Another virus transmitted by the tiger mosquito is the Chikungunya virus, isolated in the early 1950s on the Makonde Plateau in Tanzania. Well known in the West Indies, the particularity of this virus is its propensity to cause persistent joint pain, which may last several years after the initial infection. Some occasional cases of ocular, neurological and cardiac complications have also been reported. So far, about thirty autochthonous infections have been identified in the metropolis, with the risk of occurrence of localized epidemics, as was the case in the Montpellier region in 2014 and in the Var in 2017.

Zika virus is another emerging virus that has emerged recently. It hit the headlines three years ago, causing a massive epidemic in Latin America, mainly in Brazil. The peculiarity of this virus, originating from the Zika forest in Uganda, is its ability to cause serious neurological damage in the newborn. These are particularly characterized by the sharp reduction of the cranial perimeter (microcephaly). This malformation leads to insufficient growth of the brain, which in turn generates more or less severe disorders depending on the severity of the injury: epilepsy, cerebral palsy, learning disorders, hearing loss, visual problems … A study recently published in the prestigious American magazine Nature Medicine shows that three years after infection, children exposed to the Zika virus during pregnancy have new neurological disorders that appear.

Another special feature of the Zika virus is its ability to be transmitted sexually (which is exceptional for arboviruses). In France, only this last type of transmission has been highlighted, and no autochthonous case has been identified for the moment. Probably because the tiger mosquito is a pretty bad vector for this virus, which is transmitted mainly by another mosquito, Aedes aegypti, very present in Latin America in particular, but which is not yet established on our territory. It has nevertheless been identified on the island of Madeira and its potential location in Europe is closely monitored.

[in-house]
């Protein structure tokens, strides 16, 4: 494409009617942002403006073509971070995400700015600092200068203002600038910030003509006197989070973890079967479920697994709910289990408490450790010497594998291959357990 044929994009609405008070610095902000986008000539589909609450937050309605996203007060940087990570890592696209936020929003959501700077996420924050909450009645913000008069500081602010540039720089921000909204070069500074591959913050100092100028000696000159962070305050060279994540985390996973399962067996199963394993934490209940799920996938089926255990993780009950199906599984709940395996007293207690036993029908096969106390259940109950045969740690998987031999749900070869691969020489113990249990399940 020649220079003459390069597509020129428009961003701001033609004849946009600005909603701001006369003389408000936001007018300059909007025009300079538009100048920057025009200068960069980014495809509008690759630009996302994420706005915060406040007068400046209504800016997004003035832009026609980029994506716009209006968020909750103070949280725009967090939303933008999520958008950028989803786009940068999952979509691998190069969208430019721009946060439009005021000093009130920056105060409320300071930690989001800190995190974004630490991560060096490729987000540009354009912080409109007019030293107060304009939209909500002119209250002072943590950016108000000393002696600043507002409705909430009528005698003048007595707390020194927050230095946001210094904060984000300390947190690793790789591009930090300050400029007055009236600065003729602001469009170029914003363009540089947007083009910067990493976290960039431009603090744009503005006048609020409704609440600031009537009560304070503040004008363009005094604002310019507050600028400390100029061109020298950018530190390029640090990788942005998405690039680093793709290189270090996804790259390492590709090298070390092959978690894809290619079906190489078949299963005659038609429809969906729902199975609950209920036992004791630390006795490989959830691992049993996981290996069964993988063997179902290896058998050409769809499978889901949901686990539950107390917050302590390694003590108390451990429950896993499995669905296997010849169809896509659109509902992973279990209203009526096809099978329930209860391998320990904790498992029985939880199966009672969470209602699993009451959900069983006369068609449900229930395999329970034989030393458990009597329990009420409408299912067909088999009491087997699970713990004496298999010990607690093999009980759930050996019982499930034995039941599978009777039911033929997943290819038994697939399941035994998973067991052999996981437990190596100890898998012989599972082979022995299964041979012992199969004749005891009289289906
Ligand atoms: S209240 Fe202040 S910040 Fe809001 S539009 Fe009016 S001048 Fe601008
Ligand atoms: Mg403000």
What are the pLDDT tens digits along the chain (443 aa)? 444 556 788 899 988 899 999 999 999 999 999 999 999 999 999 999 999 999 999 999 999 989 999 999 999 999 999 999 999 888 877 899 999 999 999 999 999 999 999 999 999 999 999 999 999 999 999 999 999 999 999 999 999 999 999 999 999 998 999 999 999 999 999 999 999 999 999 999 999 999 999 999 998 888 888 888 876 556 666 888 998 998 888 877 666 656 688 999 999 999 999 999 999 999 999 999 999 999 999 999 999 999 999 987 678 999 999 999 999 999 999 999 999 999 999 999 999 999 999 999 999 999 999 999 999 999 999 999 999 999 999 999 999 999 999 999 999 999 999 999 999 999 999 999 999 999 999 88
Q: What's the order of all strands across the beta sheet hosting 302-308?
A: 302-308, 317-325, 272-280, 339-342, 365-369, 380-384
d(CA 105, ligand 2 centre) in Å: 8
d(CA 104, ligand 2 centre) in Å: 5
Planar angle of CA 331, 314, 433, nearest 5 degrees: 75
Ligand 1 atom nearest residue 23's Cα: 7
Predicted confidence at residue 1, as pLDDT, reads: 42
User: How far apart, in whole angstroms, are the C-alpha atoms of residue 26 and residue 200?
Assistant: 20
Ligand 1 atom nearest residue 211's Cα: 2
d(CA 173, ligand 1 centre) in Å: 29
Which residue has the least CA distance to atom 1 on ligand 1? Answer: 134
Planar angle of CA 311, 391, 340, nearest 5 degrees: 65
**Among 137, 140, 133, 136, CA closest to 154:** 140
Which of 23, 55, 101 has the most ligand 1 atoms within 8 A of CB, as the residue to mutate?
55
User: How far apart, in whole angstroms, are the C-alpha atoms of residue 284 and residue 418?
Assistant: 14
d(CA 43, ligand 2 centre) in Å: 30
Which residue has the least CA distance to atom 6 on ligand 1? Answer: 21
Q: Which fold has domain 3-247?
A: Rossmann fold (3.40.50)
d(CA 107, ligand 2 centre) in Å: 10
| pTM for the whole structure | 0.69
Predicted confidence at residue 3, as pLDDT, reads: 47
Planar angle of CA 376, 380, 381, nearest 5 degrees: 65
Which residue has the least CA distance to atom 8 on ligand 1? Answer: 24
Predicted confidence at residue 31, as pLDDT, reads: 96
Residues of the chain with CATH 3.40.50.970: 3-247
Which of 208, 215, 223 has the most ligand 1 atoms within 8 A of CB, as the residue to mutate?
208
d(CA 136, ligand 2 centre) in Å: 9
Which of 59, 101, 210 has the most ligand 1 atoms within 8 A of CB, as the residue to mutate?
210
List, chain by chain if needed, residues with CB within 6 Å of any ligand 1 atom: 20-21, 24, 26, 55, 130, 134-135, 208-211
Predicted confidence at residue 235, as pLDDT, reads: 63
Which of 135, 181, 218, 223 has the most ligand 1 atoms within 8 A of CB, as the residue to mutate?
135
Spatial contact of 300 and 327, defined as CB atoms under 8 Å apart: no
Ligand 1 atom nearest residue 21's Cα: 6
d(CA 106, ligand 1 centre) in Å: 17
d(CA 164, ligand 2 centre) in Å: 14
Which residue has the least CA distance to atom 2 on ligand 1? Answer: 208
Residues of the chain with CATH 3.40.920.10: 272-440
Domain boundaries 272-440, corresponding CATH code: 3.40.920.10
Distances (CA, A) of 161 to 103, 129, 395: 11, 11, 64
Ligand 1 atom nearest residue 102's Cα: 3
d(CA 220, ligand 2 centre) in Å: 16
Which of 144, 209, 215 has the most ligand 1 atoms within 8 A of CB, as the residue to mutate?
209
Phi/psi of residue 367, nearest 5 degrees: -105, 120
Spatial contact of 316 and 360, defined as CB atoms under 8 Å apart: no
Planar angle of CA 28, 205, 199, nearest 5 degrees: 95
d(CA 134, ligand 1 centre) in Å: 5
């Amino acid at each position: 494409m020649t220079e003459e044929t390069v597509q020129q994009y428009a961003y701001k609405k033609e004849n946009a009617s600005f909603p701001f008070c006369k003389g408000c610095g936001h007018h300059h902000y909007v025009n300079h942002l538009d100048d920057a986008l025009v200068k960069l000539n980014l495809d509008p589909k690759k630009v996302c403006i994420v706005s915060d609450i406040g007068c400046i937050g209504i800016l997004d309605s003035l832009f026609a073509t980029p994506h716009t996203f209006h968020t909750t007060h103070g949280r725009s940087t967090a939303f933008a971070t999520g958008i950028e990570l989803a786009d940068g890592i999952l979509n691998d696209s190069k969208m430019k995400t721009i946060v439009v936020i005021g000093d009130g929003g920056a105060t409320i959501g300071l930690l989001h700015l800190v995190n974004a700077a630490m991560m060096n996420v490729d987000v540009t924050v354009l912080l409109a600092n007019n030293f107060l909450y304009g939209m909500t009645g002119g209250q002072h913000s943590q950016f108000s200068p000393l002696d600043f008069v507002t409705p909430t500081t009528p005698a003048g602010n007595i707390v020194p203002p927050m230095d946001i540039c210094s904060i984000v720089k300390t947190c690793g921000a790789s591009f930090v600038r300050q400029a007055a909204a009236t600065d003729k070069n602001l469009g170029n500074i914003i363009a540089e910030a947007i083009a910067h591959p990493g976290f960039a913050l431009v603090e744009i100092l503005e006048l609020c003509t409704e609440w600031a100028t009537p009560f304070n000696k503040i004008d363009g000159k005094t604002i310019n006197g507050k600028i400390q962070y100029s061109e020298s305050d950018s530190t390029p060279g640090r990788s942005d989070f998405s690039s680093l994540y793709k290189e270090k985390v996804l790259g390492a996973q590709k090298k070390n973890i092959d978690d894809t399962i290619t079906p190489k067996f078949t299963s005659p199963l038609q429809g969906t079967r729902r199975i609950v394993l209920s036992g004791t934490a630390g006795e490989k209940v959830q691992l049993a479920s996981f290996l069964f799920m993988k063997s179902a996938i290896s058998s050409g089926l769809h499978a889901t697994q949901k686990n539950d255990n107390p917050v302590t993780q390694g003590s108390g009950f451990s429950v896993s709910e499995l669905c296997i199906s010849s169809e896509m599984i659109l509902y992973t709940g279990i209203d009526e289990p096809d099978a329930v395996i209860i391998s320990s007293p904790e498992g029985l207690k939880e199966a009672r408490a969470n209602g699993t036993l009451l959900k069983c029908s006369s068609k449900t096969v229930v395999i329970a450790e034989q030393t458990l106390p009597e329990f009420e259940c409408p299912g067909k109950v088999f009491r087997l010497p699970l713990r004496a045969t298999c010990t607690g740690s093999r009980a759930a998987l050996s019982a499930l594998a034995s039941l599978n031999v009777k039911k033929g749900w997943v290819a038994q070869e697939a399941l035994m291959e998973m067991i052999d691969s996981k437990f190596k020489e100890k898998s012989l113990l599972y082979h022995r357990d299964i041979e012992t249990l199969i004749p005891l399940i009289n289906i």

Ministry of Solidarity and Health

The tiger mosquito is not the only threat present on the territory. The "local" mosquito (Culex pipiens), present on the whole of the metropolis, is also carrier of viruses potentially dangerous for the human being.

This is mainly the case of the West Nile virus (West Nile virus). Isolated for the first time in the West Nile district of northern Uganda, it is capable of causing severe neurological damage in humans, such as encephalitis or meningitis. Like its cousin Usutu virus, also expanding on our territory, the West Nile virus has as natural reservoir some bird species, which are not yet all clearly identified.

In 2018, it spread widely in Western Europe, causing the largest epidemic ever recorded on the continent: 2,083 confirmed indigenous human cases were reported, resulting in 181 deaths in a dozen countries, including France (with 27 cases listed). This epidemic has totaled more affected individuals than the total of the previous 10 years across Europe according to the European Center for Disease Prevention and Control (ECDC). This year, the presence of West Nile virus has already been demonstrated in 127 patients in Europe, including a case identified in France, Fréjus.

Beyond mosquitoes, other arthropods can transmit exotic viruses. This is particularly the case with ticks. These mites are best known to the general public for their ability to transmit bacterial diseases such as Lyme disease. However, they are capable of spreading viral diseases such as TBEV, also known as tick-borne encephalitis. Present mainly in the north of Europe, this affection seems in continuous extension.